Inside a gas grill, first there are the burners to create the heat. Above the burners, there needs to be a system to disperse the heat such as flavorizer bars, ceramic briquettes or lava rocks. Then come the cooking grates to place the food.
Better quality grills have two or more separate burners, not just control knobs, which allow for a greater control of heat. Inexpensive gas grills will have one H-shaped burner or bar, some with one or two control knobs. Keep in mind that grills with only one burner don't allow you to control the heat very well and will result in hot and cold spots on the cooking surface. While cooking, the juices from food drip down and sit next to the heat source until reaching a "flash point" and burn off. The best systems flash the droppings quickly and eliminate the chance for a flare-up while creating flavorful smoke.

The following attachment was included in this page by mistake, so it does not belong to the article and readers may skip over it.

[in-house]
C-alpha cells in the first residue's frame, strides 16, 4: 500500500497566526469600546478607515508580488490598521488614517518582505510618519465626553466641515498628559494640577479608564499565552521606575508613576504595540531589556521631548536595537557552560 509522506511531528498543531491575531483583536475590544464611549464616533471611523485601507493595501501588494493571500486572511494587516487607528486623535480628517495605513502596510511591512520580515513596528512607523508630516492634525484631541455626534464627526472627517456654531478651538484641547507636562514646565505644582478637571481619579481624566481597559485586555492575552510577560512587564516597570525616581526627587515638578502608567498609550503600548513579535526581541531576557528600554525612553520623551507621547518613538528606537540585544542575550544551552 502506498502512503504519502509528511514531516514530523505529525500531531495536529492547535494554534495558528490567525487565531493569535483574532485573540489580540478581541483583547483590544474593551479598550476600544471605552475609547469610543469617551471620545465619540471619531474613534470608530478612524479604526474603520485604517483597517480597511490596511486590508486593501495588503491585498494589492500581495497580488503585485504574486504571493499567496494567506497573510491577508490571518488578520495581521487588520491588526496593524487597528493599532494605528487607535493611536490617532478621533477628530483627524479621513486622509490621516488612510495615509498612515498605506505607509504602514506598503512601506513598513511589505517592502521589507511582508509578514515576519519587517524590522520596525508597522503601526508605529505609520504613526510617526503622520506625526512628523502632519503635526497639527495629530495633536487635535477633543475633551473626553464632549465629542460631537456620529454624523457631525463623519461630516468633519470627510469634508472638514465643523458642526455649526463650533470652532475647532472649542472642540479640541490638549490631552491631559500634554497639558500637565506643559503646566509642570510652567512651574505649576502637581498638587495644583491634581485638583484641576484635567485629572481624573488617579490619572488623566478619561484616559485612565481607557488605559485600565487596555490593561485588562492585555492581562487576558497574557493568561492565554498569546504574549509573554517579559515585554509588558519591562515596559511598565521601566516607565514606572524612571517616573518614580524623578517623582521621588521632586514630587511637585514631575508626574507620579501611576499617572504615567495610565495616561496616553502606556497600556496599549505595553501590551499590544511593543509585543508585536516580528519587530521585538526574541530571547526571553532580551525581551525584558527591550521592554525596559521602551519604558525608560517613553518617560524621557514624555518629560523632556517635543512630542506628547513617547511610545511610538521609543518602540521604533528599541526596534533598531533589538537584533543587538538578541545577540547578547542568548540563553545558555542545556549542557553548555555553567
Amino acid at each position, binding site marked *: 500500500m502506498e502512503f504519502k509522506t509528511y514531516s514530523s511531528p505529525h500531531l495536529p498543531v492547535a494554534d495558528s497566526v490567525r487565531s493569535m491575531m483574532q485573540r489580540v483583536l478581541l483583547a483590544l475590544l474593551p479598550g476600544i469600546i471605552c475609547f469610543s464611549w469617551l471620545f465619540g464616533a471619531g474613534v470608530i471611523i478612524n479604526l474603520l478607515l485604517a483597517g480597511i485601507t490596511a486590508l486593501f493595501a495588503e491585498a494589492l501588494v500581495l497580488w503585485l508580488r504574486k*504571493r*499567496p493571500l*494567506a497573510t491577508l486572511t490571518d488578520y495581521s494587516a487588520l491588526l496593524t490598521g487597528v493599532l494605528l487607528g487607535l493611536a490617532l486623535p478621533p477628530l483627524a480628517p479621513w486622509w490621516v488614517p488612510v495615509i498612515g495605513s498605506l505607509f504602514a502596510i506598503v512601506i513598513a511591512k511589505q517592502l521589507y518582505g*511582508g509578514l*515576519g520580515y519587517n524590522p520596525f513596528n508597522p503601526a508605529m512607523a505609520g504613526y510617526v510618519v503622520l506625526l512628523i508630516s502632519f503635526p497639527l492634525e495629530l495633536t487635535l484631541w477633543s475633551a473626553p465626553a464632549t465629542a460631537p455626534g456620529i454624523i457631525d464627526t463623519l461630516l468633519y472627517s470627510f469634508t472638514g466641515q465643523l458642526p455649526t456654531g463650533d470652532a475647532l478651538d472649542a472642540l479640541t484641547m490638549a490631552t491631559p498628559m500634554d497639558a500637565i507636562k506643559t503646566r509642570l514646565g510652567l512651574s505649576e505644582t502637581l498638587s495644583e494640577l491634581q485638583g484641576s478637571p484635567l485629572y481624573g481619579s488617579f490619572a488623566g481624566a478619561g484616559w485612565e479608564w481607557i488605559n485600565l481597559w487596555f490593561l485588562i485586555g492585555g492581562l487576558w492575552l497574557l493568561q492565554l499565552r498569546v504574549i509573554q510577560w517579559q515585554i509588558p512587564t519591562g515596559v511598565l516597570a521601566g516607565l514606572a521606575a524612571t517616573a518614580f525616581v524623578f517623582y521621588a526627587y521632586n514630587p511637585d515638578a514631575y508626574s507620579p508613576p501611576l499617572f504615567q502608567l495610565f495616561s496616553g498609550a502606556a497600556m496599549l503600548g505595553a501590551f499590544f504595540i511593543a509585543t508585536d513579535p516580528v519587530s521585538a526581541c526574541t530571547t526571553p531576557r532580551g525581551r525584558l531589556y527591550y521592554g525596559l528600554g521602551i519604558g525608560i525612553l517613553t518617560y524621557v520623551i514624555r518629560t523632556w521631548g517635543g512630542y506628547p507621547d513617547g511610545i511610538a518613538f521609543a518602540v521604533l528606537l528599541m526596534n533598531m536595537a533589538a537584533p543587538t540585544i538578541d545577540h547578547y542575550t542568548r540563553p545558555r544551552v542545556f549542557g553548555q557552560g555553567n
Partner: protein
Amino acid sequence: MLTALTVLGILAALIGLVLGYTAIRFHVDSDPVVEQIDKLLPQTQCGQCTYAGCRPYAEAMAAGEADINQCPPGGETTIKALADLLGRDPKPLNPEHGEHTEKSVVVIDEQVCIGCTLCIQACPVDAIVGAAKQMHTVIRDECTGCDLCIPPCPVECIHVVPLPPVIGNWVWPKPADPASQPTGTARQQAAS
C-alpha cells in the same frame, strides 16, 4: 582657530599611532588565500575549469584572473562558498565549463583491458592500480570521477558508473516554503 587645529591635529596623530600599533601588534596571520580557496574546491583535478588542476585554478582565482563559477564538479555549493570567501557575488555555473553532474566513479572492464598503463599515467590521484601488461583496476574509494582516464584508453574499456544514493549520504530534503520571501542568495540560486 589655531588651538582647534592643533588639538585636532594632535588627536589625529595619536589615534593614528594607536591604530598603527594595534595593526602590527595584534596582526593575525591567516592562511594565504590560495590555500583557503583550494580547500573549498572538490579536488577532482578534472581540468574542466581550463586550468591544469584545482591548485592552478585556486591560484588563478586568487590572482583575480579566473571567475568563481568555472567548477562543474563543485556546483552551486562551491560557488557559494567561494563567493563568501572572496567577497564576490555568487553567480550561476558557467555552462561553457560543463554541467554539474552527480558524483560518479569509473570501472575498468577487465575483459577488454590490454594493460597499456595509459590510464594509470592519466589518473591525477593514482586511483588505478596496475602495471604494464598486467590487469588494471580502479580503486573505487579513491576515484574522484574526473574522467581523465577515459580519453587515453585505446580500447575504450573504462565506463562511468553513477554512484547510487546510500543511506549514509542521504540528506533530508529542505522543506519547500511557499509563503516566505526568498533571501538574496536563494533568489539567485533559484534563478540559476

Another feature to be aware of when looking for a gas grill are the BTU's (British Thermal Units). BTU's indicate the amount of gas a grill can burn - not its cooking power. A grill with too many BTU's can result in damage to the cooking elements and the grill itself. However, grills with fewer BTU's cook the food more efficiently. Just remember, a large grill with a large cooking surface capacity will need a higher number of BTU's.